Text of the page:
. It wasn’t until six months after he graduated that R.J. Maki ’11 faced the most hectic day of his action packed Sagehen athletic career.
He began that fall-semester Saturday in his role as a wide receivers coach for the Pomona-Pitzer football team while the Sagehens battled Claremont-Mudd-Scripps in the season’s big rivalry game. Then, when the final horn blew around 4 p.m., he went straight to his car and drove the 60 miles across the Los Angeles Basin to play for the basketball team against Division I Pepperdine University.
Maki managed to make it to Malibu on time. His uniform didn’t.
“One of my teammates was supposed to bring my jersey for me, since I couldn’t go on the team bus,” Maki says. “Then I got to Pepperdine, and unfortunately he had forgotten it. So I had to call Jake [Caron PI ’11], and he drove it up to Malibu and finally got it to me just before halftime.” Maki ended up playing six minutes in the second half, as the Sagehens gave the Waves a run for their money before falling 59-50. “I can’t say too many people have ever had a day like that,” says Maki.
Maki had graduated from Pomona in May 2011 with a degree in sociology, but there were two things that were still unfinished in Claremont: an M.B.A. from the Drucker School at Claremont Graduate University and one more season of basketball eligibility, since he missed one season due to an injury. He took a graduate assistant position with the football team, and once basketball practice started in October, his staff locker also became filled with practice gear.
The jersey run wasn’t the only time that Jake Caron has delivered something to Maki over the years. They grew up together in Claremont, attending Pomona-Pitzer games and serving as ball boys at home basketball games. The two friends left the Claremont bubble to attend Cheshire Academy in Connecticut during high school, but both returned home for college, with Caron at Pitzer and Maki at Pomona.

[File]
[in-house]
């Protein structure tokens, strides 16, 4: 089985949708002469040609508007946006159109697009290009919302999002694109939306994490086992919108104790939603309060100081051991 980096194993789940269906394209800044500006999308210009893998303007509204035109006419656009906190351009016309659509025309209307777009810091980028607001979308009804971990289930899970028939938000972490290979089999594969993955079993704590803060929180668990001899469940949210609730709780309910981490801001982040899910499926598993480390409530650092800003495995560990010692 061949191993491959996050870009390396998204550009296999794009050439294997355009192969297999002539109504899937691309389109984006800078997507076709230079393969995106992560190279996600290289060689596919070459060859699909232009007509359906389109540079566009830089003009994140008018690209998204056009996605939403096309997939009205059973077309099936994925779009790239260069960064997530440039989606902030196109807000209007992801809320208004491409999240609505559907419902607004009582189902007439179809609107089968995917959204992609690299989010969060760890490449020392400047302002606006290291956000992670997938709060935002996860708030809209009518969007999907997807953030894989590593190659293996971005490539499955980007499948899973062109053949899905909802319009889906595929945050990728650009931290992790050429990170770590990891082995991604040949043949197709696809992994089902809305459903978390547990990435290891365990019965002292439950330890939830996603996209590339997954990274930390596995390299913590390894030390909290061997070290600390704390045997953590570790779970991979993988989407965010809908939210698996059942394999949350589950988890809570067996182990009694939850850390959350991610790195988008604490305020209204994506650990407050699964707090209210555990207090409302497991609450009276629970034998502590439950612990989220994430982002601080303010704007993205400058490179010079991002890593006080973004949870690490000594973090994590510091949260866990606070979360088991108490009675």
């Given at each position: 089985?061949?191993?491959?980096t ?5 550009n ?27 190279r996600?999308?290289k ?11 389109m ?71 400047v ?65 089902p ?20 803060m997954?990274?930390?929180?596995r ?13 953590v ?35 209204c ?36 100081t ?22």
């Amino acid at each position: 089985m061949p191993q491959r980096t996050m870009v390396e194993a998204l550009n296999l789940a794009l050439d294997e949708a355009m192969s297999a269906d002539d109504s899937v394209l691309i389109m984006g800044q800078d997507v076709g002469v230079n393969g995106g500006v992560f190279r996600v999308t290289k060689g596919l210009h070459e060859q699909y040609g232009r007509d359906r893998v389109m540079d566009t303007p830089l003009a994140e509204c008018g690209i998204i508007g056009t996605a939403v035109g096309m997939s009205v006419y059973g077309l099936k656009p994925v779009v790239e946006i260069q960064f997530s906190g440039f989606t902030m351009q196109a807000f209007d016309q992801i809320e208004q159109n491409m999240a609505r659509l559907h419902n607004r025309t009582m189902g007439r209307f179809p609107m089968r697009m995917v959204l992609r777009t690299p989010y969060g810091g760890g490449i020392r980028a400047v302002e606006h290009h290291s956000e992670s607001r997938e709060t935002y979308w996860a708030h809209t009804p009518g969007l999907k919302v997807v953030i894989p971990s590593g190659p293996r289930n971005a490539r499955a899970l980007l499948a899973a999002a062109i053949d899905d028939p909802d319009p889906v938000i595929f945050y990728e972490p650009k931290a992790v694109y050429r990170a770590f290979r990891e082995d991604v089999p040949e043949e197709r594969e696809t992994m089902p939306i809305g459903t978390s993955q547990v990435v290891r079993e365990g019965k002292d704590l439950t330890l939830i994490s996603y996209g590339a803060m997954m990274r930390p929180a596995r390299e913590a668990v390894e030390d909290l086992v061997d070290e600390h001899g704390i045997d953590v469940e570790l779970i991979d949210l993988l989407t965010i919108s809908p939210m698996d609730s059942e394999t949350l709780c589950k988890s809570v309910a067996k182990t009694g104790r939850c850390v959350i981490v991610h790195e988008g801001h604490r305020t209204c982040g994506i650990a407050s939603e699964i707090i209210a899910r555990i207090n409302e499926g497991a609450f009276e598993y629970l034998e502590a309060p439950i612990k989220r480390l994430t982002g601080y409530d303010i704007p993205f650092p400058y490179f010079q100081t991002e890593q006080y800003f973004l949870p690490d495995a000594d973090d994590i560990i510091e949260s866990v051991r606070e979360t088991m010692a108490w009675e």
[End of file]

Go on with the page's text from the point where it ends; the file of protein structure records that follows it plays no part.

“When I left, it wasn’t my plan to come back necessarily,” says Maki. “But when I gained exposure to the East Coast schools … I saw how similar Pomona was. And it had the added benefit of being right in my hometown.”
The two were four-year teammates in Pomona-Pitzer football, with Caron breaking the school’s record for passing yards as a quarterback (8,408 career yards) and Maki setting the program’s receiving records (276 catches for 3,078 yards).
After coaching in the fall, Caron signed on with the Utah Blaze in arena football, while Maki multitasked in Claremont. The final basketball season turned out to be well worth it for Maki, as the Sagehens bounced back from a down year in 2010-11 and finished a close second in the SCIAC, losing the conference championship game to CMS in a nail-biter before a crowd of 2,470. That was despite having a young team that relied heavily on freshmen and sophomores.
“I wanted to do well and prove to everybody, myself included, that I could be part of a successful team,” says Maki, who played in all 26 games for his final season and scored a career-high 101 points. Freshman guard Kyle McAndrews ’15 has praise for Maki: “R.J. was able to help me, through his example and through his advice, adjust to the collegiate level.”
In helping to coach football, Maki had a chance to work with sophomore receiver Ryan Randle ’14, who made big strides as a passing target, finishing with 40 catches for 470 yards and seven touchdowns.
Maki also leaves behind his own football records that will be very difficult to beat. Though he acknowledges that he—like everyone on the football team—would have liked to have won more games during his career, it’s a sacrifice that he’s more than willing to accept for the big picture.
“There’s no way I’d trade my experience at Pomona for a few more wins,” says Maki, who has moved to San Diego to work for a private banking/wealth management firm after completing his M.B.A. a year early under a special program. “I loved my time here. The thing about Pomona is that people value athletics, but academics always comes first, and I think everyone who plays here has everything in the right perspective. No matter what happens, we’re always proud to wear the jersey and represent our school.”
Even if the jersey arrives late.